The ACH160 Exclusive offers a timeless and sophisticated configuration that provides the highest level of interior customisation and bespoke craftsmanship for the most discerning customers. Other features include hinged doors, an electric footstep and double-glazed windows.

The ACH160 is the premium version of the new H160 helicopter which is certified by EASA and being delivered to private and business customers.

It provides 20% greater volume per passenger compared to previous generation medium twin helicopters and 35% larger windows than its competitors, resulting in the brightest cabin in its class.

The full ACH helicopter range consists of the ACH125, ACH130, ACH135, ACH145, ACH160 and ACH175 variants of Airbus Helicopters' comprehensive and market-leading family of light and medium models. A range of premium-design aircraft completions, including bespoke designs, is available for all models.


Sikorsky, a Lockheed Martin company, is producing a Hybrid-Electric Demonstrator (HEX), a fully-autonomous hybrid-electric vertical-take-off-and-landing (eVTOL) prototype. With a maximum gross weight of more than 7,000-pounds, the uncrewed aircraft will serve as a flying test-bed to evaluate large aircraft design, novel propulsion systems and control architectures for sustained hover, and ranges greater than 500 nautical miles.

"As Sikorsky celebrates 100 years of flight innovations, it's fitting to highlight our continued commitment to safe and sustainable transformative flight," said Paul Lemmo, Sikorsky president. "Sikorsky's HEX aircraft will provide critical insights into the possibilities of electric systems in VTOL aircraft. Ultimately, we want to show the potential of large, advanced air mobility vehicles to perform utility missions for the U.S. military and transport passengers between cities."

For the HEX project, GE Aerospace will offer a CT7 turboshaft engine combined with 1MW-class generator and associated power electronics, building on hybrid electric propulsion systems being developed by GE Aerospace for both NASA and the U.S. Army.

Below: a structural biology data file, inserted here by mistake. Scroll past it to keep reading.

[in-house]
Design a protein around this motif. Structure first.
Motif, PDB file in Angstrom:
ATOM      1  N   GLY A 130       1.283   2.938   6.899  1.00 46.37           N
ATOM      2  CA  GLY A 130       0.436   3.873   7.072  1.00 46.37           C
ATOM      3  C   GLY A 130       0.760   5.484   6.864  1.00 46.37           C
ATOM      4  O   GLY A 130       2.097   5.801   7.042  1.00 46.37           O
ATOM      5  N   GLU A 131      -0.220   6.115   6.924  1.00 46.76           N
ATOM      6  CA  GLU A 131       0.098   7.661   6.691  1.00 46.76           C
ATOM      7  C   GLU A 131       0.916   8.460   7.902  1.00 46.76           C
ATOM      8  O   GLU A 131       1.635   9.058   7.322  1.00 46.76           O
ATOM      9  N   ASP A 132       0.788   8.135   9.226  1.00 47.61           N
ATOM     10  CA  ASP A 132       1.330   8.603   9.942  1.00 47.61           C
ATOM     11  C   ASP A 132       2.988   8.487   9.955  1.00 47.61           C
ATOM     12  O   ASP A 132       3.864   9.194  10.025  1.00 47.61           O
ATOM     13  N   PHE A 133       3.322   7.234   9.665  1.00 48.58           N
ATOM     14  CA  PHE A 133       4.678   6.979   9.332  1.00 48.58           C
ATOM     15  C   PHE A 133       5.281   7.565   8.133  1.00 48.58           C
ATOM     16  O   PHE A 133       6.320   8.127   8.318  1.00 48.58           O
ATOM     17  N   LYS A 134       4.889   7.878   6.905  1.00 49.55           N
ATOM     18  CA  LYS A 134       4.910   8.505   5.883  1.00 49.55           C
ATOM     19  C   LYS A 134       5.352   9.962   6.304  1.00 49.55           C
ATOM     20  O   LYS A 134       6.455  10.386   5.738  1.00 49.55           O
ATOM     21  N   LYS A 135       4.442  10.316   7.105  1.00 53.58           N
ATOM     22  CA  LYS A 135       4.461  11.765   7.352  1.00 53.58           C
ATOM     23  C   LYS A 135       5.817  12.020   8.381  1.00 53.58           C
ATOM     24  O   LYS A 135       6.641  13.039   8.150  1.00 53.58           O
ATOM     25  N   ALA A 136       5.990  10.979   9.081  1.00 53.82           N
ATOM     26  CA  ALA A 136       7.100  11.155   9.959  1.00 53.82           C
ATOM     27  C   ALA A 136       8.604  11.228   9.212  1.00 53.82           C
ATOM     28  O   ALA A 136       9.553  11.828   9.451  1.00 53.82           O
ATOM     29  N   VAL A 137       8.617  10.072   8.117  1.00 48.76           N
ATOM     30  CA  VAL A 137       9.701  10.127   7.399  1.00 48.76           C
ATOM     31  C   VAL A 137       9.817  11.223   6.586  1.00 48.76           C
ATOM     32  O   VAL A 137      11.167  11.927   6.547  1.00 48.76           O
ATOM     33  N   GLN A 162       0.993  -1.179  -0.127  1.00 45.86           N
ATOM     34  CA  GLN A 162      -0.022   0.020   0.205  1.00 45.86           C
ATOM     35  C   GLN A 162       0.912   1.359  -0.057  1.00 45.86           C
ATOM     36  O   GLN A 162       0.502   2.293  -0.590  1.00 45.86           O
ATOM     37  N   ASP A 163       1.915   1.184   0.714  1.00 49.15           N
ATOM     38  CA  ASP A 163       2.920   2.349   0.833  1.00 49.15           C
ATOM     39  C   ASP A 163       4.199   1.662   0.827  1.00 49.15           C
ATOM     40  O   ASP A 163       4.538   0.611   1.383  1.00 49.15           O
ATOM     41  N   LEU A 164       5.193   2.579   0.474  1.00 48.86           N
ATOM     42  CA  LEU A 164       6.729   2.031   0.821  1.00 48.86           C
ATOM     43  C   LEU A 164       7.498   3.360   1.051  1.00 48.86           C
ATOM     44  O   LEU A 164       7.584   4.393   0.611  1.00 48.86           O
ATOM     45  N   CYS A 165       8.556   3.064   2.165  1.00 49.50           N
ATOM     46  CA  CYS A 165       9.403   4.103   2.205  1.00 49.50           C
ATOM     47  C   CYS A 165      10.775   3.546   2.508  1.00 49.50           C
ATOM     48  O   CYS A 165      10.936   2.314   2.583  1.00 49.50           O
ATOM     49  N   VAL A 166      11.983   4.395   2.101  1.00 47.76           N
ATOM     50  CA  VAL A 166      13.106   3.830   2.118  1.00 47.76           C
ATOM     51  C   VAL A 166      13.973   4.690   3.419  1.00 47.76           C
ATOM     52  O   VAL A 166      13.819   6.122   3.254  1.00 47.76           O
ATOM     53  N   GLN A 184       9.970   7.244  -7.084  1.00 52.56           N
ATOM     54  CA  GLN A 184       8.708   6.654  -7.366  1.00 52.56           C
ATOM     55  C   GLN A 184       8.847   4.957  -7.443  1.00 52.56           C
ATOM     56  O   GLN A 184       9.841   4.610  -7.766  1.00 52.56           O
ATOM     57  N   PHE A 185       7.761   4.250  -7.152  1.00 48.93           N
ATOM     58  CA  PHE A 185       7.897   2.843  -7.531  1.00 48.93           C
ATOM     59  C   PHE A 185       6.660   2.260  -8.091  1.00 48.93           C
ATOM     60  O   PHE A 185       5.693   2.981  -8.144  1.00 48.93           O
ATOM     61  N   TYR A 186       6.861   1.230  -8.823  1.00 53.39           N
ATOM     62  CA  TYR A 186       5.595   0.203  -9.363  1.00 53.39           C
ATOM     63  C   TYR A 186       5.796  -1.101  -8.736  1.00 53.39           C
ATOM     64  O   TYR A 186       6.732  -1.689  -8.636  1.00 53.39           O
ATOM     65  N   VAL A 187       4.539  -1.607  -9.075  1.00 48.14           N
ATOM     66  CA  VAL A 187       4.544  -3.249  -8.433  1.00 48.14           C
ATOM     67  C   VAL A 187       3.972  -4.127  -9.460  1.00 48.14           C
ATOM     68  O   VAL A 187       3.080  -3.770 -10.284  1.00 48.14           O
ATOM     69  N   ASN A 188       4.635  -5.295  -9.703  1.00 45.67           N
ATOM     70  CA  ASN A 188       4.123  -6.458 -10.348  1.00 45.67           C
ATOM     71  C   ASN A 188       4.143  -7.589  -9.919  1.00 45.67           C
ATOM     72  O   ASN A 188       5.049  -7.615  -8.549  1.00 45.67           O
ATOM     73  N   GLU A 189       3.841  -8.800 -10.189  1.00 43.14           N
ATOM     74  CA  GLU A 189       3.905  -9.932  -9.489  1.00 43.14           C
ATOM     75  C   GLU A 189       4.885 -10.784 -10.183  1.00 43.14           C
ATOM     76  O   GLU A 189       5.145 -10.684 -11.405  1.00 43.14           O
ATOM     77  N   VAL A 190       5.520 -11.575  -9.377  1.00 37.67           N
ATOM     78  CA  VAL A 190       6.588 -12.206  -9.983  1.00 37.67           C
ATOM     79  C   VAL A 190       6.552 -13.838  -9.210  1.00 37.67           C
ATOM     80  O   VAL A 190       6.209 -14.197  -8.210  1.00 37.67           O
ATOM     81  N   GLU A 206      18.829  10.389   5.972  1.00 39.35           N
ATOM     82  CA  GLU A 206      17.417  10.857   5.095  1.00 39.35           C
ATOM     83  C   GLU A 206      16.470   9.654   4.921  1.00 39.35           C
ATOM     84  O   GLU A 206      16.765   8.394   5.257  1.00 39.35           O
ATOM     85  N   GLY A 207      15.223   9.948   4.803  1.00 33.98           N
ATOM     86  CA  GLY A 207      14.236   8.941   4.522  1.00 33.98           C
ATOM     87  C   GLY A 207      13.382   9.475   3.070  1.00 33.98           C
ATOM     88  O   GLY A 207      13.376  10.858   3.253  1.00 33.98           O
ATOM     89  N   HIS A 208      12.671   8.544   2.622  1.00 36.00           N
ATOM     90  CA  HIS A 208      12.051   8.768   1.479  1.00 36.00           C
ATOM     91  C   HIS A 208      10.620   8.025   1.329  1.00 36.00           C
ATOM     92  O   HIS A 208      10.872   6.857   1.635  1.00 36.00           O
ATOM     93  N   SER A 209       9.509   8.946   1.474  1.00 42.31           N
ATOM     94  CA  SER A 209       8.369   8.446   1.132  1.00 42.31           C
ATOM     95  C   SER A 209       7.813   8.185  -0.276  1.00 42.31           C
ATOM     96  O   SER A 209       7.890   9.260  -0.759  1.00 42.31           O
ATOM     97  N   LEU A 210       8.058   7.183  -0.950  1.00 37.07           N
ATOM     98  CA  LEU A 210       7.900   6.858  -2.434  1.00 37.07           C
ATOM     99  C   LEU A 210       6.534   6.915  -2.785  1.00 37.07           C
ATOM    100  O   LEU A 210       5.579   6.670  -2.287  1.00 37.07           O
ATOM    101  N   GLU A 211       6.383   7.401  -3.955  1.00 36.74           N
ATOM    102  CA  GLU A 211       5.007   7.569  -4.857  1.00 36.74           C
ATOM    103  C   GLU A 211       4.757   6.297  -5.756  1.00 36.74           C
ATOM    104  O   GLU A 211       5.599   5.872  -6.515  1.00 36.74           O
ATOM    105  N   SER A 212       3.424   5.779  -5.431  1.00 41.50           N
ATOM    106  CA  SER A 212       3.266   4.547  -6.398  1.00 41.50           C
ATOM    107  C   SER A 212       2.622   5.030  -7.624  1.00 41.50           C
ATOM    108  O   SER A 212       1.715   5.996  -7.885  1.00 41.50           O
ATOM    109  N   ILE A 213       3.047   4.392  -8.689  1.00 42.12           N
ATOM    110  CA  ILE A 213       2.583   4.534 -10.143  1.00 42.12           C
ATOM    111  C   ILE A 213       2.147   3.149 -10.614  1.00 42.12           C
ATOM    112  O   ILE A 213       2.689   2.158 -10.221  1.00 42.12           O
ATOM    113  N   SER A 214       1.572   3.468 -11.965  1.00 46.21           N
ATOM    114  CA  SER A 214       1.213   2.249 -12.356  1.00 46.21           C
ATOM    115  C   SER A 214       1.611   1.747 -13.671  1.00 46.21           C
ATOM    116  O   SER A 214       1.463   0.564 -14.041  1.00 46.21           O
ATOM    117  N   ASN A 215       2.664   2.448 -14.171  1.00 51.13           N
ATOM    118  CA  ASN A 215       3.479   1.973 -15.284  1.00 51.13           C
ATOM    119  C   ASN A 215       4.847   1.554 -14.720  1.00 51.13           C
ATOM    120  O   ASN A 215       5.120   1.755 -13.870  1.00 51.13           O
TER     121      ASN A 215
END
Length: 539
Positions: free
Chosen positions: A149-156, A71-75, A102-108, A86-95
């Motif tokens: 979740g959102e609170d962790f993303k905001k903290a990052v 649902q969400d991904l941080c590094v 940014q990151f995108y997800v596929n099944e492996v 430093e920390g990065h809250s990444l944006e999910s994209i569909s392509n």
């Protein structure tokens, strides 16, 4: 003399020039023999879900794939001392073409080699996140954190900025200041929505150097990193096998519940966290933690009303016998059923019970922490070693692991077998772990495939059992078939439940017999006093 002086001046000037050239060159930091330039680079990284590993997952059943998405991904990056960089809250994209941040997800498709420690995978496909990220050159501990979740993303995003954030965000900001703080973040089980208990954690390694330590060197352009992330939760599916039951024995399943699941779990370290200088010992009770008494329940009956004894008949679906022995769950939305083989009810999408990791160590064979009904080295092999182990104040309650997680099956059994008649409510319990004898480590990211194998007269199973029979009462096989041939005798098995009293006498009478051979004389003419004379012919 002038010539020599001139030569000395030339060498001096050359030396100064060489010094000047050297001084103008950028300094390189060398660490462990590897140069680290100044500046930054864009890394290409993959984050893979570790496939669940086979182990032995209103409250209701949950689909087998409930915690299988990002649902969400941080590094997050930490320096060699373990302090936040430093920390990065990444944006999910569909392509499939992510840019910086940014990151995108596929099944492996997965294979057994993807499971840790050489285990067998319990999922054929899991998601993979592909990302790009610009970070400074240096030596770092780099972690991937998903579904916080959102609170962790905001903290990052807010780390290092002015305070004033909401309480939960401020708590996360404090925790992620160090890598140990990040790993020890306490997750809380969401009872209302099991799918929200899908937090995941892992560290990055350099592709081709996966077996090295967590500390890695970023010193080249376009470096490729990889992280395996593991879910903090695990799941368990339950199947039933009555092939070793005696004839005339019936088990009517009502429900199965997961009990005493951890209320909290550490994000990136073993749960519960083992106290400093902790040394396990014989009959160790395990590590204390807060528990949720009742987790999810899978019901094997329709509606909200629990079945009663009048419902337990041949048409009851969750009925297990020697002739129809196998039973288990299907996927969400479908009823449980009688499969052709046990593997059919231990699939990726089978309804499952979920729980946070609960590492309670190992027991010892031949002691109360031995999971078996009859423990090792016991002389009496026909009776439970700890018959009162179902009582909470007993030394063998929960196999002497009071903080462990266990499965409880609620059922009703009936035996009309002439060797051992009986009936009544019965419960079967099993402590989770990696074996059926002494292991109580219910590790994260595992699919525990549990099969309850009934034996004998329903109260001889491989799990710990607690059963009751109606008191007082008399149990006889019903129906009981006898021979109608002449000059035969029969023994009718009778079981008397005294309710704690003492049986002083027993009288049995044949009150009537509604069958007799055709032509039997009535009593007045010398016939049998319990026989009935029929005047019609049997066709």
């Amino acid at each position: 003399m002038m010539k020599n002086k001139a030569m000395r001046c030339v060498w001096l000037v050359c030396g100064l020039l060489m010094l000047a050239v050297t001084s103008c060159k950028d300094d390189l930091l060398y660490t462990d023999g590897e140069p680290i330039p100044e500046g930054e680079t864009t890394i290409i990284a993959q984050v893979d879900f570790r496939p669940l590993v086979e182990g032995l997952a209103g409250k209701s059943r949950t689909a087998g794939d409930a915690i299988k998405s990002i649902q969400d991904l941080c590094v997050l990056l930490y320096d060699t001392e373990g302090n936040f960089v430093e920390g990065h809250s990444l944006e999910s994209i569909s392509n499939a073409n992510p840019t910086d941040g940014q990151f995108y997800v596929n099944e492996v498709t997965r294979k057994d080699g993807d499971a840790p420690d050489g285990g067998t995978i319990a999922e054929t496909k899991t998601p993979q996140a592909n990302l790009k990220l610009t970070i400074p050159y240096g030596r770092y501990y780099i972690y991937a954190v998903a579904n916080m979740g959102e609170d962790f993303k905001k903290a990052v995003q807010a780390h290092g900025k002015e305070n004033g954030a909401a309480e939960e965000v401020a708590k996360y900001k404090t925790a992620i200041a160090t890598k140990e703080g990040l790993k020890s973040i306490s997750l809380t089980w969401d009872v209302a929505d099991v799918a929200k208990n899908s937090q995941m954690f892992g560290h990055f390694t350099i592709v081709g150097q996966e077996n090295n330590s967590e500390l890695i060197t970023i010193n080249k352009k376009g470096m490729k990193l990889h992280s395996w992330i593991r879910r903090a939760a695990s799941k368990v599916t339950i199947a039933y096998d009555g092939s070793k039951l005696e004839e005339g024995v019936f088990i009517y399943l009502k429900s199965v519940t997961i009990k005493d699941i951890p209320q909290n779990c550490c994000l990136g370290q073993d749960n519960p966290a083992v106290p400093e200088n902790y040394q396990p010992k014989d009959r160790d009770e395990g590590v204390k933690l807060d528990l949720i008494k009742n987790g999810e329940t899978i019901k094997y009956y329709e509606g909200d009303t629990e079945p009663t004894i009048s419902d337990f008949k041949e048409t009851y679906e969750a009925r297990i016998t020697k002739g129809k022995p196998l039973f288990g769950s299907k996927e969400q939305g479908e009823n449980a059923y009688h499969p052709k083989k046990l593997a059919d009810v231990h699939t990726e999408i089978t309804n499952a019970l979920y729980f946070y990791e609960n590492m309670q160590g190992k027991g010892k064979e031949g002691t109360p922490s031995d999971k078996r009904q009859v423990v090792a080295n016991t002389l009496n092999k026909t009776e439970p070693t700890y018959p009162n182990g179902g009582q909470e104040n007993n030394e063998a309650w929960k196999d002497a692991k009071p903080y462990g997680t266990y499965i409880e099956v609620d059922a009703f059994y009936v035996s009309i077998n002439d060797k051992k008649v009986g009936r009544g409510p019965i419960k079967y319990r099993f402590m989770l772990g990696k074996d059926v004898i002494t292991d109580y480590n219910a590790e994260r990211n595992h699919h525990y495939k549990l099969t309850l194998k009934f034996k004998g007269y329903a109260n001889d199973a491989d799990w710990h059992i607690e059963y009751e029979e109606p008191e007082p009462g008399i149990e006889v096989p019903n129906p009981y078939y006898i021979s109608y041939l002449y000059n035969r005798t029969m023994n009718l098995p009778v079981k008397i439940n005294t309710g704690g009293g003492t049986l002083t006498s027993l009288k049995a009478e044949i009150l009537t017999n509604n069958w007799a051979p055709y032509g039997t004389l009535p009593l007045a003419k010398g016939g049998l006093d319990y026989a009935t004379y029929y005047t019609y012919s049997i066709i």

"Bringing innovative technology is a top priority for GE Aerospace," said Amy Gowder, President and CEO of Defence & Systems at GE Aerospace. "We are committed to developing hybrid electric propulsion systems that save fuel and optimize performance for the military and commercial applications. We are thrilled to build off our existing work with NASA and the Army to offer to power Sikorsky's HEX aircraft and bolster the future of flight."

Family of large VTOL aircraft envisioned
The Sikorsky Innovations rapid prototyping group will lead the HEX program. Led by its director, Igor Cherepinsky, the Innovations team will design, build and integrate the HEX airframe and electric motors with the company's MATRIX™ autonomy flight control system.

Depending on insights learned from the flight test program, and assessment of customer applications, the HEX program could lead to a family of eVTOL vehicles scaled to carry passengers and payload for both military and commercial applications.

Sikorsky's MATRIX™ autonomy system will control flight aboard the HEX aircraft. Developed and tested extensively over the past decade, the software, hardware and sensors that comprise the MATRIX system have demonstrated high flight reliability in low-altitude and obstacle-rich scenarios. During the U.S. Army's Project Convergence 2022 exercise, a MATRIX-controlled Black Hawk helicopter without pilots or crew on board demonstrated optionally piloted resupply missions.

AOPA accident case study - Blind over Bakersfield